As someone who doesn’t have an infinite amount of disposable income, it is necessary for me to budget on trips in order to get the most amount of travel that I can afford. Instead of having one expensive trip, I can get three affordable trips out of the same cost. This is a huge win for me.
Below are some of the ways that you can budget on trips as well.
Sometimes, driving your own car might not be the most cost-effective way to travel for a few reasons – distance, parking fees, and gas. If the distance is too far, it might be too time-consuming and gas-heavy to drive. Plus, there might be parking fees associated with driving. When we drove to San Francisco, hotel parking fees in the city is typically around $50 per night.
But other times, driving is a great option. There was a time when I had to drive from Dallas, TX to Omaha, NE. Flights were $600-$800 roundtrip, which is insane. So I ended up driving 12 hours each way, spending only about $120 on gas roundtrip. If you add more than one person in your car ride, your cost goes down exponentially as each individual can contribute to the gas budget. Also, who doesn’t love a good road trip?
I’m a huge fan of budget airlines in order to use that saved money on experiences at your destination. Paying extra for seat assignments? No, thanks. I’ll risk getting stuck in the middle if it means I can have a nice meal later. Or how about boarding priority? Unless it’s Southwest where it’s on a first-come first-serve basis, this is such a weird perk because it just means you’ll be on the plane, sitting and waiting, longer than other people.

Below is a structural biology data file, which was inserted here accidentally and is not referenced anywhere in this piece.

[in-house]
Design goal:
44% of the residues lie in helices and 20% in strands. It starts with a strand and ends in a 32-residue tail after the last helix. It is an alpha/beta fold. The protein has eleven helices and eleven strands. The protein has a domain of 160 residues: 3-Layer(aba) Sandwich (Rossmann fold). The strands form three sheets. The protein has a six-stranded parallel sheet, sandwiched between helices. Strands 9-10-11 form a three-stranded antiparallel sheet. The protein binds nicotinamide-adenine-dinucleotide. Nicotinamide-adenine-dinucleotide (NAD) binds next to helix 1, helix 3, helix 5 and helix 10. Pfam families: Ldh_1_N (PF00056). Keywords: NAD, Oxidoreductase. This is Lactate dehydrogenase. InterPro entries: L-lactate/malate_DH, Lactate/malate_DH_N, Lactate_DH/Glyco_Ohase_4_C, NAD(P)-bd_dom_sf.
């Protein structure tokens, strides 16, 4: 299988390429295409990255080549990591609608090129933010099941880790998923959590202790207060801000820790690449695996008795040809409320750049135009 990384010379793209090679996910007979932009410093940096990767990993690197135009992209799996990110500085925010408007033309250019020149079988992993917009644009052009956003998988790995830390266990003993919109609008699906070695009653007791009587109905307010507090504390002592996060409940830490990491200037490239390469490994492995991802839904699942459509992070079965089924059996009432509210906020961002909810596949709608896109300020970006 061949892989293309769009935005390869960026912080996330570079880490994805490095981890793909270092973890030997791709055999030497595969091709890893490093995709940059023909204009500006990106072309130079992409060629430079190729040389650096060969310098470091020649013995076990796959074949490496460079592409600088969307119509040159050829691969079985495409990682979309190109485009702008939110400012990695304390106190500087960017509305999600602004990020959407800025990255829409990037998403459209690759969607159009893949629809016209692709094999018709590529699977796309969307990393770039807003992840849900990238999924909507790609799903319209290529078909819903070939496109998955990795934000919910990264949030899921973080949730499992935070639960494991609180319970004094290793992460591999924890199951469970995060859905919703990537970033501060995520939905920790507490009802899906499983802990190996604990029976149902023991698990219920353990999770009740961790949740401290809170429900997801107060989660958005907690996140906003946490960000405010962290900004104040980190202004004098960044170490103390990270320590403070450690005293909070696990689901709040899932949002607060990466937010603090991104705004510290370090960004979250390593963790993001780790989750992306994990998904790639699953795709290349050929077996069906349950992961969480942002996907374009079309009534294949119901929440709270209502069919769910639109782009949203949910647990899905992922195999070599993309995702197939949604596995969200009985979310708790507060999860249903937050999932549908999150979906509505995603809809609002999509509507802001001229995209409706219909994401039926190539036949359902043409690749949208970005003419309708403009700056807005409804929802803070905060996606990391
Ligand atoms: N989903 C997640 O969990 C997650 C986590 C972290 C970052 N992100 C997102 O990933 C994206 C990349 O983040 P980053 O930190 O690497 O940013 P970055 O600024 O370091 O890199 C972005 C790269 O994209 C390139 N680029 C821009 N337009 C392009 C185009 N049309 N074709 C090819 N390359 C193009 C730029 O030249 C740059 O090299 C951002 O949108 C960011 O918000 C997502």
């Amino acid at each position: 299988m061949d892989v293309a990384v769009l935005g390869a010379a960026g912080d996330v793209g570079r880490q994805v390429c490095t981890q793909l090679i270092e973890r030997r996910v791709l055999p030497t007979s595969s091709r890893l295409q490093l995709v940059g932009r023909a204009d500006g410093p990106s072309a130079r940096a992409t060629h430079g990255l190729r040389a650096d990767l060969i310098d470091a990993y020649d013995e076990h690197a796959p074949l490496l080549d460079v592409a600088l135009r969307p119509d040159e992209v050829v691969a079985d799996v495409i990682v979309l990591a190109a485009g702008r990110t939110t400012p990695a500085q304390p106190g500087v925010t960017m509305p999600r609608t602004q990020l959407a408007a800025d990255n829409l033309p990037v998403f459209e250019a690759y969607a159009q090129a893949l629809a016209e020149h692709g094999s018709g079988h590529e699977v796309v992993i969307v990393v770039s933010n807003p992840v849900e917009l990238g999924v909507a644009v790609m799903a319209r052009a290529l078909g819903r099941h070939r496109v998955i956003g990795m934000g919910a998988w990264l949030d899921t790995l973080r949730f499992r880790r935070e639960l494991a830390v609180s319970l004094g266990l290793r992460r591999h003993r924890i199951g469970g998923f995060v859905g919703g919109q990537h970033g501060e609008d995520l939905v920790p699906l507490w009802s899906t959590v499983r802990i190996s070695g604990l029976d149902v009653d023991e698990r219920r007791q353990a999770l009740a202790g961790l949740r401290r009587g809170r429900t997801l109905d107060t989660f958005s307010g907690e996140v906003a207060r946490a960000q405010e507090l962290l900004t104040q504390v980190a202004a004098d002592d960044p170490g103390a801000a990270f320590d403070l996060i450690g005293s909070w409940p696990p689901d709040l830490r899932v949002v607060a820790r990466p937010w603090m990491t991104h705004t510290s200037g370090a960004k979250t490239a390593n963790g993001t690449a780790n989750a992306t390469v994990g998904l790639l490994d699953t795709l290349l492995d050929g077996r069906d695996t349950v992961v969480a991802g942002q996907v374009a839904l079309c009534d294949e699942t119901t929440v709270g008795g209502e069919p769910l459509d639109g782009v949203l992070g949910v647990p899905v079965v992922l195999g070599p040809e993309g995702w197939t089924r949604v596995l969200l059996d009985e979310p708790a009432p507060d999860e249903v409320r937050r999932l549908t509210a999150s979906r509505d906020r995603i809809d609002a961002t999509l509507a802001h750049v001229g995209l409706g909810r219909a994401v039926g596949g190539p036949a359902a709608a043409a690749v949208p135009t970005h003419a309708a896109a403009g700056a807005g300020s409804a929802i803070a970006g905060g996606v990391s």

Also, I discussed more in-depth about flying on Spirit, a budget airline, and how to maximize the experience without the cost.
Go where the flights are cheap
If you are someone who wants to travel the world versus specifically wanting to go to a handful of specific places, the easiest way to budget on trips is to go where flights are cheap. There are a few websites out there that report on flight deals, including The Flight Deal. I’ve found some cheap flights through here that has spurted our Chicago trip and our New York trip. Sometimes, they’ll even let you in on mistake fares where I’ve seen flights like LA to London go for only $200 round trip. Mistake fares may or may not be honored by the airlines, though, but if they do, that’s such a steal of a price.
Collect Airline Miles
One of the easiest way to save on flights is with free flights via airline miles. There are a couple of ways to collect them, including credit card reward systems and being a rewards member of the respective airline. We have cashed in on a good amount of free flights (my husband even scored a couple of first-class flights to Asia) through airline miles.